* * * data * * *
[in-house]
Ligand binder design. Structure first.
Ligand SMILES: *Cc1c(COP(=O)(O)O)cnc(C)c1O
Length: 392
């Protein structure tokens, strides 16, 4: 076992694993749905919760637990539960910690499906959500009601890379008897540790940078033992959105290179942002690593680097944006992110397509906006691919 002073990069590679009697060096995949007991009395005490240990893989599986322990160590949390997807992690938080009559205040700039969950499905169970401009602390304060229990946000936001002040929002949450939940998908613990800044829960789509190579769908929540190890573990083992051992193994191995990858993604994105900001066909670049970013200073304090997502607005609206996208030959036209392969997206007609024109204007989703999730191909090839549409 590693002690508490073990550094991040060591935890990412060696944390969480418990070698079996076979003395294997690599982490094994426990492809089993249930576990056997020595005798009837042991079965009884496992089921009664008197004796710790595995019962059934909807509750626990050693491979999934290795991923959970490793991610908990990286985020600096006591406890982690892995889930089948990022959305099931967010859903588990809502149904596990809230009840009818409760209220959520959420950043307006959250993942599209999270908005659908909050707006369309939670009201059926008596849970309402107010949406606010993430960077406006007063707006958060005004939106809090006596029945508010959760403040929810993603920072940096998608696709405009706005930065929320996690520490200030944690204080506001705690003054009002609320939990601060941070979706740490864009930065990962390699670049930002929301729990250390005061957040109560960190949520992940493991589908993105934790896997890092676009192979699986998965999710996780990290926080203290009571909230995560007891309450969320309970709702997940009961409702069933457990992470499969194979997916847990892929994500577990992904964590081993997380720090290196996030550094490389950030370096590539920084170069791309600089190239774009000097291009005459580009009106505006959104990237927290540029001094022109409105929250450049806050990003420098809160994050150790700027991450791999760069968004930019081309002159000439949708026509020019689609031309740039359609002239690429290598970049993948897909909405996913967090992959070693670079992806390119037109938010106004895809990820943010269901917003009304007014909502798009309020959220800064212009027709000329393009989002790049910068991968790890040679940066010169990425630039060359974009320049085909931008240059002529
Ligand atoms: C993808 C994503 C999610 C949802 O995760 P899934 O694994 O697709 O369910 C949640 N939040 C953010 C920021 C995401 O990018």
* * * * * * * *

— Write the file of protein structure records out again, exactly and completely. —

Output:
[in-house]
Ligand binder design. Structure first.
Ligand SMILES: *Cc1c(COP(=O)(O)O)cnc(C)c1O
Length: 392
């Protein structure tokens, strides 16, 4: 076992694993749905919760637990539960910690499906959500009601890379008897540790940078033992959105290179942002690593680097944006992110397509906006691919 002073990069590679009697060096995949007991009395005490240990893989599986322990160590949390997807992690938080009559205040700039969950499905169970401009602390304060229990946000936001002040929002949450939940998908613990800044829960789509190579769908929540190890573990083992051992193994191995990858993604994105900001066909670049970013200073304090997502607005609206996208030959036209392969997206007609024109204007989703999730191909090839549409 590693002690508490073990550094991040060591935890990412060696944390969480418990070698079996076979003395294997690599982490094994426990492809089993249930576990056997020595005798009837042991079965009884496992089921009664008197004796710790595995019962059934909807509750626990050693491979999934290795991923959970490793991610908990990286985020600096006591406890982690892995889930089948990022959305099931967010859903588990809502149904596990809230009840009818409760209220959520959420950043307006959250993942599209999270908005659908909050707006369309939670009201059926008596849970309402107010949406606010993430960077406006007063707006958060005004939106809090006596029945508010959760403040929810993603920072940096998608696709405009706005930065929320996690520490200030944690204080506001705690003054009002609320939990601060941070979706740490864009930065990962390699670049930002929301729990250390005061957040109560960190949520992940493991589908993105934790896997890092676009192979699986998965999710996780990290926080203290009571909230995560007891309450969320309970709702997940009961409702069933457990992470499969194979997916847990892929994500577990992904964590081993997380720090290196996030550094490389950030370096590539920084170069791309600089190239774009000097291009005459580009009106505006959104990237927290540029001094022109409105929250450049806050990003420098809160994050150790700027991450791999760069968004930019081309002159000439949708026509020019689609031309740039359609002239690429290598970049993948897909909405996913967090992959070693670079992806390119037109938010106004895809990820943010269901917003009304007014909502798009309020959220800064212009027709000329393009989002790049910068991968790890040679940066010169990425630039060359974009320049085909931008240059002529
Ligand atoms: C993808 C994503 C999610 C949802 O995760 P899934 O694994 O697709 O369910 C949640 N939040 C953010 C920021 C995401 O990018």